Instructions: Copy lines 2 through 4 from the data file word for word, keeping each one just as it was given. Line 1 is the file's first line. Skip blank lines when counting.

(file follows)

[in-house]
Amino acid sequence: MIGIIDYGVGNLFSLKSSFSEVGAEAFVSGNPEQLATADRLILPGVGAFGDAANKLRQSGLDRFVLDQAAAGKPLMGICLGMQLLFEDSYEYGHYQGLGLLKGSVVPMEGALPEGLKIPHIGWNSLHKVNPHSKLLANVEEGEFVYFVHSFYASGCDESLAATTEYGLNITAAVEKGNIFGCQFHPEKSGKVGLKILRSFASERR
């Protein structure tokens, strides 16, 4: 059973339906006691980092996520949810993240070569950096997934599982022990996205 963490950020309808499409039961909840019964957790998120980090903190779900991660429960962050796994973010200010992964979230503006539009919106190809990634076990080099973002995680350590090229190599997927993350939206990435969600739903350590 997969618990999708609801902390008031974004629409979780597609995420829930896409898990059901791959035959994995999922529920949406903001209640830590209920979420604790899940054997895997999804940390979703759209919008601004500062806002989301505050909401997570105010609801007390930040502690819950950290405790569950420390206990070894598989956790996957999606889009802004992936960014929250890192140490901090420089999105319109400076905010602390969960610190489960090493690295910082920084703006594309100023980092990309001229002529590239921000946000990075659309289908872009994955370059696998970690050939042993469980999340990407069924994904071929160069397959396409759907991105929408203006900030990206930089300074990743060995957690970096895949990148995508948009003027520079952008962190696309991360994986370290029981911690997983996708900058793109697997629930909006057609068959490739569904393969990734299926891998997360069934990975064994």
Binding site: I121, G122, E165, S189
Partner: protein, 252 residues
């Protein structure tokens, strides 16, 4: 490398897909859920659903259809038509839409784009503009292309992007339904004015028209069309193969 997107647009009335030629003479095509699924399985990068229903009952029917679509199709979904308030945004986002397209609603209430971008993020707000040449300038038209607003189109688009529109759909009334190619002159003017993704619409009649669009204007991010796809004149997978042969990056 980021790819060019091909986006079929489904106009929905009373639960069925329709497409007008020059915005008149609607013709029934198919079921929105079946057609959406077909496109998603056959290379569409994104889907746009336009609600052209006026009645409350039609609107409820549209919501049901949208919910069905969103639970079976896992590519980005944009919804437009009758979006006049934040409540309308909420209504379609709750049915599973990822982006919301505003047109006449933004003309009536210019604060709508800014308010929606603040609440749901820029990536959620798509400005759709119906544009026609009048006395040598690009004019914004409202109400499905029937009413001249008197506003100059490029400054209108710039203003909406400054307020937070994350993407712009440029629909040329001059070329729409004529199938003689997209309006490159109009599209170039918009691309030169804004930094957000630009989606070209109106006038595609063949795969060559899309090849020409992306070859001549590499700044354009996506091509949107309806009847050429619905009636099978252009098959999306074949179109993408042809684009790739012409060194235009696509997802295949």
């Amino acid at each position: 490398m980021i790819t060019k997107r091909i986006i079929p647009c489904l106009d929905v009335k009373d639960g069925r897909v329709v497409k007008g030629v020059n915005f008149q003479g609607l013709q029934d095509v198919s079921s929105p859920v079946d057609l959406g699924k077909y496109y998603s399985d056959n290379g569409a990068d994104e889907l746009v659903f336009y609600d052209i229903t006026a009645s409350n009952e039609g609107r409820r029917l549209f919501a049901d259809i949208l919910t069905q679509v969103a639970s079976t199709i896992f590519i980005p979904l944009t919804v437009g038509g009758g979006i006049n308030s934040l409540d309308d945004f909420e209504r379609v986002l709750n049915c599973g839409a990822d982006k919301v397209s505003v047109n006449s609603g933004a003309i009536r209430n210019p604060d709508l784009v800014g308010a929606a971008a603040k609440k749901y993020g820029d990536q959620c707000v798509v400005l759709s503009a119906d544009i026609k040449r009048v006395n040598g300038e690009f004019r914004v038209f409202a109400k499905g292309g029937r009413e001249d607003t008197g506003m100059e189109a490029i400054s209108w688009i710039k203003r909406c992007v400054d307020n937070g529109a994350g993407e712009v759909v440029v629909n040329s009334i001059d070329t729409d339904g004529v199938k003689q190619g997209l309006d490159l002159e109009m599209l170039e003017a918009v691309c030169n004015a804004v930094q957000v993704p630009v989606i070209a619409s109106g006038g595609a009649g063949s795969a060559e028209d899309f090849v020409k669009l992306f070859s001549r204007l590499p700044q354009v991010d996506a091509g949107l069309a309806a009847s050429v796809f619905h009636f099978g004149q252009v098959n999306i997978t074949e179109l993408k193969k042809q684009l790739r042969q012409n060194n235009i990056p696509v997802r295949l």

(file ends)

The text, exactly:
Amino acid sequence: MIGIIDYGVGNLFSLKSSFSEVGAEAFVSGNPEQLATADRLILPGVGAFGDAANKLRQSGLDRFVLDQAAAGKPLMGICLGMQLLFEDSYEYGHYQGLGLLKGSVVPMEGALPEGLKIPHIGWNSLHKVNPHSKLLANVEEGEFVYFVHSFYASGCDESLAATTEYGLNITAAVEKGNIFGCQFHPEKSGKVGLKILRSFASERR
């Protein structure tokens, strides 16, 4: 059973339906006691980092996520949810993240070569950096997934599982022990996205 963490950020309808499409039961909840019964957790998120980090903190779900991660429960962050796994973010200010992964979230503006539009919106190809990634076990080099973002995680350590090229190599997927993350939206990435969600739903350590 997969618990999708609801902390008031974004629409979780597609995420829930896409898990059901791959035959994995999922529920949406903001209640830590209920979420604790899940054997895997999804940390979703759209919008601004500062806002989301505050909401997570105010609801007390930040502690819950950290405790569950420390206990070894598989956790996957999606889009802004992936960014929250890192140490901090420089999105319109400076905010602390969960610190489960090493690295910082920084703006594309100023980092990309001229002529590239921000946000990075659309289908872009994955370059696998970690050939042993469980999340990407069924994904071929160069397959396409759907991105929408203006900030990206930089300074990743060995957690970096895949990148995508948009003027520079952008962190696309991360994986370290029981911690997983996708900058793109697997629930909006057609068959490739569904393969990734299926891998997360069934990975064994």
Binding site: I121, G122, E165, S189